Patient First Offers Coronavirus Antibody Testing

·3 min read

Patient First now offers tests to determine whether patients have antibodies for the coronavirus at all of its medical centers. Testing is available on a walk-in basis, from 8 a.m. to 10 p.m., every day of the week. Appointments are not needed for antibody testing.

The antibody test is used to determine if someone previously had the coronavirus and not to diagnose an active infection.

Antibody testing is for patients who believe they may have had the coronavirus in the past, who are not currently experiencing symptoms of the coronavirus, and who are at least 5 years old.

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Patient First recommends being tested at least 14 days after onset of symptoms of the coronavirus, or 14 days after possible exposure, as it may take as long as two weeks for antibodies to develop.

The coronavirus antibody test used at Patient First tests to see if the blood has antibodies to the SARS-CoV-2 virus, the virus that causes COVID-19. Antibodies may be found in the blood when the body is responding or has responded to an infection, such as COVID-19.

Antibodies may give full or partial immunity to the virus to which they develop. However, it is not known at this time how long the body will have antibodies or whether they actually give immunity to future infections from this virus.

Blood samples are sent to a third-party reference lab for antibody testing. Results will generally be available in about two to five days. Patients who agree to do so will receive their result via text message. Otherwise, patients will be contacted by phone about the result.

For most patients, there is no out-of-pocket expense for antibody testing. For insured patients, the visit will be submitted to patients' insurance plans. Patient First accepts all major insurance plans, including Medicare and Medicaid. The lab will determine what, if anything, it bills the patient.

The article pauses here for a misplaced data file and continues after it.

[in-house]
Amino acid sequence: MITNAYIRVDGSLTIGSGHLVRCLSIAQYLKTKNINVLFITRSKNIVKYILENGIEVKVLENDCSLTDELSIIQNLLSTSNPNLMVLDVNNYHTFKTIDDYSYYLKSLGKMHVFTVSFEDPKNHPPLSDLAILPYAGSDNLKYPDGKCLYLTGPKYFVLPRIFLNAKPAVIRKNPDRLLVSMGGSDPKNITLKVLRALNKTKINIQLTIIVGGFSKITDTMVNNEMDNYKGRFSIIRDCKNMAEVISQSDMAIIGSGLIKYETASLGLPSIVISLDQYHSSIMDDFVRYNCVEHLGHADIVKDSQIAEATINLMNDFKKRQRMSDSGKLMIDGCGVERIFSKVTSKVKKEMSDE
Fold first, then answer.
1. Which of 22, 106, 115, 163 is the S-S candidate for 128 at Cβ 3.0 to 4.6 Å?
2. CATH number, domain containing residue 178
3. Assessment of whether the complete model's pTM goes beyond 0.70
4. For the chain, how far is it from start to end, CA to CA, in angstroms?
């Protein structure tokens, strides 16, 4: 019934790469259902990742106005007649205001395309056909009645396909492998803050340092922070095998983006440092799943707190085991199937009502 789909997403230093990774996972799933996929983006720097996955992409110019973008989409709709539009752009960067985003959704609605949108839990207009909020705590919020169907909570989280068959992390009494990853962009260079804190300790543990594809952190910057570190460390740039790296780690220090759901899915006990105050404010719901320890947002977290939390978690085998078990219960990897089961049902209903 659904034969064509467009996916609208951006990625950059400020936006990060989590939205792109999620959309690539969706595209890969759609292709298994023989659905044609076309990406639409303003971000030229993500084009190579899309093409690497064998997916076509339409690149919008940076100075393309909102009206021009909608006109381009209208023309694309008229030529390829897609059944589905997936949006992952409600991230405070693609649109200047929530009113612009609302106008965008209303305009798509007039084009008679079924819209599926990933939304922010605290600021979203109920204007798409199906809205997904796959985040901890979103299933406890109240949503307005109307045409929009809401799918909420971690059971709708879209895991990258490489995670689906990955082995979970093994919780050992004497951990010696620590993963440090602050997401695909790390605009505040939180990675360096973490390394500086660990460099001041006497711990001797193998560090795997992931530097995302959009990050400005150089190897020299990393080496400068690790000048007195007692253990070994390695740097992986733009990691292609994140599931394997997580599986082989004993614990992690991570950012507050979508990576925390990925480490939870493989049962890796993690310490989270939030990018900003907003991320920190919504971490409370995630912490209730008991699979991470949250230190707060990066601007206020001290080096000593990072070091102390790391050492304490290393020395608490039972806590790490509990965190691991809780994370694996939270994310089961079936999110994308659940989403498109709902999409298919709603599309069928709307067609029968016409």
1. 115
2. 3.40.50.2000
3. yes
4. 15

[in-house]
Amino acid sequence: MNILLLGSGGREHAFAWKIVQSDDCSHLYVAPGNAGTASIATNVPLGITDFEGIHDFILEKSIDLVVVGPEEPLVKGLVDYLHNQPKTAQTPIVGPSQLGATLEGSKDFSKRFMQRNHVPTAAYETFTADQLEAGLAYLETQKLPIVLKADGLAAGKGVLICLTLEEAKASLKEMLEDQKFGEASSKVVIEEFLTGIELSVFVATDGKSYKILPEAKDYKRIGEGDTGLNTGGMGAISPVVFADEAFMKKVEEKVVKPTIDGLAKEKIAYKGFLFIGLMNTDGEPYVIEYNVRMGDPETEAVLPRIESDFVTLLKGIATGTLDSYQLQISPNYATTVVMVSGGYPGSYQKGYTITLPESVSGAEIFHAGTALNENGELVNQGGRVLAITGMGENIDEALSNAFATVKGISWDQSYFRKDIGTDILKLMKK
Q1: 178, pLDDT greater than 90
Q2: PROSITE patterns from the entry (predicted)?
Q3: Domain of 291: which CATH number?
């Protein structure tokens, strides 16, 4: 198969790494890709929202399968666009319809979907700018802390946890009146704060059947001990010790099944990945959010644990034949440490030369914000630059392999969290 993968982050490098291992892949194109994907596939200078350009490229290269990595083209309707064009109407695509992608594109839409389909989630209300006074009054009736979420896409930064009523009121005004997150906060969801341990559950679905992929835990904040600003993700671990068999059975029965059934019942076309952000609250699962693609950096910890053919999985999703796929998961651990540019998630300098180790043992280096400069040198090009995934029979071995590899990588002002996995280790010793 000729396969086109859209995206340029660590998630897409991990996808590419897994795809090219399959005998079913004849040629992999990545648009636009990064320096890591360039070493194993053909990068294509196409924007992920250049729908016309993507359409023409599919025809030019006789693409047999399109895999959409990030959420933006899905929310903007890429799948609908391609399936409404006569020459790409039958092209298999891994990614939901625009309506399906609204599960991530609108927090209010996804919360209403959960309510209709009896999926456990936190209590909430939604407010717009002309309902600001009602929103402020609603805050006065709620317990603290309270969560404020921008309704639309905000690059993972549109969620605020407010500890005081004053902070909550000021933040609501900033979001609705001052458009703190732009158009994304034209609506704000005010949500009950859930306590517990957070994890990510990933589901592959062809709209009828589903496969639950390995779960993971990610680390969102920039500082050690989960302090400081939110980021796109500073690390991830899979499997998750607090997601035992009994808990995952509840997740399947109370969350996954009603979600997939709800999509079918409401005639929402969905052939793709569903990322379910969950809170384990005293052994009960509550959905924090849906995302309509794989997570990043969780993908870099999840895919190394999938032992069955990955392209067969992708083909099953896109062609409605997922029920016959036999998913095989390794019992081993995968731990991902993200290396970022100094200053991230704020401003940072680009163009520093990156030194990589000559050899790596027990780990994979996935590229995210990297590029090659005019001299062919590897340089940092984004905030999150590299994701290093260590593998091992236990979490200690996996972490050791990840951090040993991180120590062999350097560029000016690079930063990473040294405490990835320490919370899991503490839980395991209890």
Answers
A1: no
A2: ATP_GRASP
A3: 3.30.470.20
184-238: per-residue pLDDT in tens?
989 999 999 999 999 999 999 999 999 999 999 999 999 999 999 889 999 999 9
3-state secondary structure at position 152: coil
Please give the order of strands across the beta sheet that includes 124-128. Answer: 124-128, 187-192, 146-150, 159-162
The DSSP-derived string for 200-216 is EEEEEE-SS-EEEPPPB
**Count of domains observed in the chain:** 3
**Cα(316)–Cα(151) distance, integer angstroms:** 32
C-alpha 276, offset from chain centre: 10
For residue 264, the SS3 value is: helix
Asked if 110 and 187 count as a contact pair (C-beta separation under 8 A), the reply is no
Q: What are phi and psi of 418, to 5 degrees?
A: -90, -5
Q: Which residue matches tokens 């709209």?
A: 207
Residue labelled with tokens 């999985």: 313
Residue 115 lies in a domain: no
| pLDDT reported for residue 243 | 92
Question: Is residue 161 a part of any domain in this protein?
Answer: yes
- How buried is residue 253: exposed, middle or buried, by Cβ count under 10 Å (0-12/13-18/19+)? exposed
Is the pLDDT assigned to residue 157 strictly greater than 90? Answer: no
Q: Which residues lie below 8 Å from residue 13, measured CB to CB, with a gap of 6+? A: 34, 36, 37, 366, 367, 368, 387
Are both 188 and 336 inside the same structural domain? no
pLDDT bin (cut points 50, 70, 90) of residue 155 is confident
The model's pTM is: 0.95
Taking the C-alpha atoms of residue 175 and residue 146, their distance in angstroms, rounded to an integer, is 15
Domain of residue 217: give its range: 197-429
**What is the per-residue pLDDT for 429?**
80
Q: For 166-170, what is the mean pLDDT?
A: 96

The scientific community is still looking for some answers regarding certain types of antibody tests. For instance, there is currently no evidence that people who have recovered from the coronavirus are immune to catching it again.

It is also possible to get exposed to COVID-19 and not develop antibodies. With some low-quality tests, it's possible to receive a "false positive" because you had another type of virus.

The CDC issued interim guidelines May 26 for coronavirus antibody testing in clinical and public-health settings. The CDC is using data from the tests to estimate the total number of people infected with COVID-19 nationally.

Patient First also offers drive-up coronavirus active virus testing at designated centers, by appointment. Appointments for testing are made by calling a select designated testing center. Updates about testing sites, instructions about how to make an appointment, and other information is available at

All Patient First Medical Centers remain open on a walk-in basis from 8 a.m. to 10 p.m., every day, for patients who have an urgent need for medical or injury care.

Read more: NJ Coronavirus Updates: Here's What You Need To Know

This article originally appeared on the Haddonfield-Haddon Township Patch